Cattle Cam under fire
STATE Member for Lismore Thomas George is standing by his criticism of Border Cam, the electronic surveillance system used to detect illegal movements of cattle between the Queensland and NSW borders.
The system replaced tick inspectors in 2008.
“It’s about time someone has been fined,” Mr George said.
Yesterday, Minister for Primary Industries Steve Whan announced a Dorrigo farmer had been fined $550 for moving three head of cattle from Queensland to NSW in a horse float.
The movement was detected at the Sextons Hill border crossing at Tweed Heads.
Ticks were not detected on the stock.
Mr George said farmers had told him of other cases where infected livestock had successfully crossed the border without detection, resulting in a cattle tick outbreak.
Mr George said inspectors should be reinstated at border crossings and a buffer zone created between NSW and Queensland.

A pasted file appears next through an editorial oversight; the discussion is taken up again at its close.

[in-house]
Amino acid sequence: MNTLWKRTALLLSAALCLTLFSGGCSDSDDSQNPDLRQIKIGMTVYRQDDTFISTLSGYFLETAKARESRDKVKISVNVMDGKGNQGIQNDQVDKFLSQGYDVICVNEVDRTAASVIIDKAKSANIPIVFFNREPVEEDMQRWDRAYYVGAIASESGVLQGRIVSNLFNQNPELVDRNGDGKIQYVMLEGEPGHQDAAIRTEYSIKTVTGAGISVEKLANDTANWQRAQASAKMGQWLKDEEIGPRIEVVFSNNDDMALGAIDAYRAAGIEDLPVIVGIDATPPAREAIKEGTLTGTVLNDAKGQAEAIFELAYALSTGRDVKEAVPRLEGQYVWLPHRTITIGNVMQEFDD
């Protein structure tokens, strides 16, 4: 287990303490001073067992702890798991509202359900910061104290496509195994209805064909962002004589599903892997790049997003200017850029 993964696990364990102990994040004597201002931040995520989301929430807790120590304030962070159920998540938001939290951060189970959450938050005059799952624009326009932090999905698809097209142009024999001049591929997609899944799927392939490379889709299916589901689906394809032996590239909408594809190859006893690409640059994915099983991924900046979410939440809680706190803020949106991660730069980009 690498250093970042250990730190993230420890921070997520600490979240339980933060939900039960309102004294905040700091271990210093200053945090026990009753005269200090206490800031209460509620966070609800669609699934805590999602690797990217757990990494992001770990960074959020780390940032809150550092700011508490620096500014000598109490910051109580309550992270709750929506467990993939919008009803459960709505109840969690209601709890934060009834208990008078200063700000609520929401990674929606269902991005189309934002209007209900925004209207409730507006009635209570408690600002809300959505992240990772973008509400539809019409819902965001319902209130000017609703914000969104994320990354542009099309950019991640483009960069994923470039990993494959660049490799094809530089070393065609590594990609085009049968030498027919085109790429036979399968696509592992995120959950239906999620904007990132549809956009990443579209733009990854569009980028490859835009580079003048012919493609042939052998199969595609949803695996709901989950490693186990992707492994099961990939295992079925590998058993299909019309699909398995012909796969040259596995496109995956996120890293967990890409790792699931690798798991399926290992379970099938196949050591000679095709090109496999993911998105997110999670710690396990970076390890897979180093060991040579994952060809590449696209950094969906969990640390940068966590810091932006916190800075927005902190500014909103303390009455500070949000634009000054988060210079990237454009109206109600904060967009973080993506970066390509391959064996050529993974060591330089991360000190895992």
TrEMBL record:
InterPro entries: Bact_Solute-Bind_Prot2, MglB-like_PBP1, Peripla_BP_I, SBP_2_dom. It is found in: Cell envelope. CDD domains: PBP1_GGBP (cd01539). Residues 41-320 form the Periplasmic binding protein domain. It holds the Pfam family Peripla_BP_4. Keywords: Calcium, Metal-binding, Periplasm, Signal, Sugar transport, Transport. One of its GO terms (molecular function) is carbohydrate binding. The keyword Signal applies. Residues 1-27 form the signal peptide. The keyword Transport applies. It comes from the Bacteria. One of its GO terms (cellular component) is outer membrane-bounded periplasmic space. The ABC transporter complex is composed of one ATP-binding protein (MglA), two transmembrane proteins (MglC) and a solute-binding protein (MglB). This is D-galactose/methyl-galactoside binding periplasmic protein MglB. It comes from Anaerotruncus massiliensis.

“We don’t need to go back to the past, but Labour has continually wound back controls of ticks in NSW,” he said.
Currently, there are 35 properties in the region infected with cattle ticks, higher than last year.
Mr George also called on Industry and Investment NSW to release information about the number of properties currently quarantined on the Northern Rivers.
Without this information, Mr George said it was impossible to get an accurate indication of how bad the cattle tick problem was.
However, the Minister said Border Cam was effective.
“The camera takes front and rear photographs of vehicles large enough to carry livestock and is able to determine in most cases if animals are on board,” Mr Whan said.
Border Cam was backed up by random roving inspections.
The Minister said that most tick infestations did not come from Queensland, but originated in NSW. This was further evidence of Border Cam’s effectiveness.
- Tick fever is disease of cattle caused by three blood-borne viruses.
- Cattle of any breed are at risk, but British breeds are particularly susceptible.
- Fever and red urine are typical symptoms of tick fever.